Michael and I have always loved to watch birds. When we lived in Lubbock, Texas we would travel to Palo Duro canyon and try to catch a glimpse of an eagle in flight and then try to photograph it. Consequently, we have TONS of old photos with a TINY dot in the center!!!
When we lived in Australia, we were in heaven with the parrots that surrounded us each day. The first night in our duplex, we chased a Sulphur Crested Cockatoo around the neighborhood only to discover that its nest was in our back yard. I am sure that the neighbors were thrilled!!!
Here in Mozambique, we have been presented with an entirely new set of avians.
One morning I saw a flash of red in the trees and asked Dylan about it. He told me that it was a Southern Ground Hornbill…
They are the size of a turkey with a large curved beak and a huge wingspan!!!
We have also seen many White-Backed Vultures…..
….and have seen them in action on a buffalo carcass…..
But the birds that have captured my imagination are the storks. I have NEVER seen a stork in the wild and Dylan has found several that were close enough for photography…. I am in HEAVEN!!!
The first that we found was the Maribu Stork…..
As I photographed and filmed this amazing bird, Dylan told us more about them. They call it “The Undertaker” and it is closely associated with death. The upper part of their beak has fine, serrated teeth and Dylan said they are so sharp that you could use them to slice bread.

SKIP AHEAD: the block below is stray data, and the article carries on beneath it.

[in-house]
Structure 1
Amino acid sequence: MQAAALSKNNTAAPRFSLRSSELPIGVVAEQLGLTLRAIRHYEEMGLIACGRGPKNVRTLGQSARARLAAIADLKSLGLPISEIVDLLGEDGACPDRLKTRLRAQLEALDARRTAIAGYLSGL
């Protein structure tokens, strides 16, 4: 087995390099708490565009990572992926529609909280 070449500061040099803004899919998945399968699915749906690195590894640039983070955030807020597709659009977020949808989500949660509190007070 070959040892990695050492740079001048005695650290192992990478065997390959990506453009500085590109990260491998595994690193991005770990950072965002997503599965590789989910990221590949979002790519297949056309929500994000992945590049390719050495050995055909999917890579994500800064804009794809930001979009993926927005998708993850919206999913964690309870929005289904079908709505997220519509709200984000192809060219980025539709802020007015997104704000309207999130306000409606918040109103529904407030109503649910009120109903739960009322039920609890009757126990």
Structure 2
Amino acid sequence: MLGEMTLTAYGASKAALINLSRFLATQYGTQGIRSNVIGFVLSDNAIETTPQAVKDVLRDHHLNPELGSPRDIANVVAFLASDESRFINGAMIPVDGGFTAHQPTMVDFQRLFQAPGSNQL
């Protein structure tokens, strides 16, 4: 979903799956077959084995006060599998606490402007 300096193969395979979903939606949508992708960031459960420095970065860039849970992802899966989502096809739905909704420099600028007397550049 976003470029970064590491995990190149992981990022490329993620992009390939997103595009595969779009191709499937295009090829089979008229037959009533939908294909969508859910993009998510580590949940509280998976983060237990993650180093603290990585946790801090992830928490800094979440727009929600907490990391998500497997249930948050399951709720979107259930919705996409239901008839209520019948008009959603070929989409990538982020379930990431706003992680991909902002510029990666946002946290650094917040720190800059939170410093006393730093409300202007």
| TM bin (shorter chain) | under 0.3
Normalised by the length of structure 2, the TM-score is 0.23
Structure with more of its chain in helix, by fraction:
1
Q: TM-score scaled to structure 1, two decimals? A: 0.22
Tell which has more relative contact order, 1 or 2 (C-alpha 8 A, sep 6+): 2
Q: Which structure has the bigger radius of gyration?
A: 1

Because of these teeth, they can easily open an elephant’s super-tough skin and none of the other birds can do that. Apparently, the vultures will circle a dead elephant and wait for the Maribu to feed first and open the skin, and then they will begin their feast.
I enjoyed watching the stork walk around in the swampy land and when viewed from the side, I think that he looks like an old man walking slowly with his head jutted forward and his hands held behind his back…..you know…..like an undertaker!!!
The second stork that I have been able to study is the “Saddle-Billed” Stork and I recently posted that I was planning a quilt featuring one of these birds.
I feel sure that you will be sick of them before I finish this trip diary, but here goes….
I was first introduced to these amazing birds when we were in the flood plains on our first trip…..
…and then Dylan spotted a lone stork as we were driving along…..
The male stork has a yellow wattle and a dark iris while the female has a yellow iris. Since this particular bird had a dark iris but no yellow wattle, Dylan determined that it was a young undeveloped male.
Although you can’t see it in the photo, they have red knees!!
Enough for today. Come back tomorrow for more of the Avians of the Marromeu Complex!!